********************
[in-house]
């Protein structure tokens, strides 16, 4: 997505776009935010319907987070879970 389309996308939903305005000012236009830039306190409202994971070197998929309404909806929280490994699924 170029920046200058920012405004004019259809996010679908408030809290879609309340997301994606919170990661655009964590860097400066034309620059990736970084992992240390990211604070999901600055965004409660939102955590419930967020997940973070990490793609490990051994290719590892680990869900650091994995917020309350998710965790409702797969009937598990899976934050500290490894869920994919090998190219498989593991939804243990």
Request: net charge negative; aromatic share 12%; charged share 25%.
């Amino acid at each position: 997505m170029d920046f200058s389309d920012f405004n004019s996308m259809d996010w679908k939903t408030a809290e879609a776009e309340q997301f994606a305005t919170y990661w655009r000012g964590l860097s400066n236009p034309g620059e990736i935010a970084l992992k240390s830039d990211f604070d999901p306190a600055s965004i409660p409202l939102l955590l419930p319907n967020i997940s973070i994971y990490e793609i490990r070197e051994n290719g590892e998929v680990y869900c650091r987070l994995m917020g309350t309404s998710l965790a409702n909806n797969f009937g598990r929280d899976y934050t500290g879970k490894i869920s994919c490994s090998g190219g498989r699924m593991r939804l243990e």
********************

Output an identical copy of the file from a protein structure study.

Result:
[in-house]
């Protein structure tokens, strides 16, 4: 997505776009935010319907987070879970 389309996308939903305005000012236009830039306190409202994971070197998929309404909806929280490994699924 170029920046200058920012405004004019259809996010679908408030809290879609309340997301994606919170990661655009964590860097400066034309620059990736970084992992240390990211604070999901600055965004409660939102955590419930967020997940973070990490793609490990051994290719590892680990869900650091994995917020309350998710965790409702797969009937598990899976934050500290490894869920994919090998190219498989593991939804243990």
Request: net charge negative; aromatic share 12%; charged share 25%.
């Amino acid at each position: 997505m170029d920046f200058s389309d920012f405004n004019s996308m259809d996010w679908k939903t408030a809290e879609a776009e309340q997301f994606a305005t919170y990661w655009r000012g964590l860097s400066n236009p034309g620059e990736i935010a970084l992992k240390s830039d990211f604070d999901p306190a600055s965004i409660p409202l939102l955590l419930p319907n967020i997940s973070i994971y990490e793609i490990r070197e051994n290719g590892e998929v680990y869900c650091r987070l994995m917020g309350t309404s998710l965790a409702n909806n797969f009937g598990r929280d899976y934050t500290g879970k490894i869920s994919c490994s090998g190219g498989r699924m593991r939804l243990e």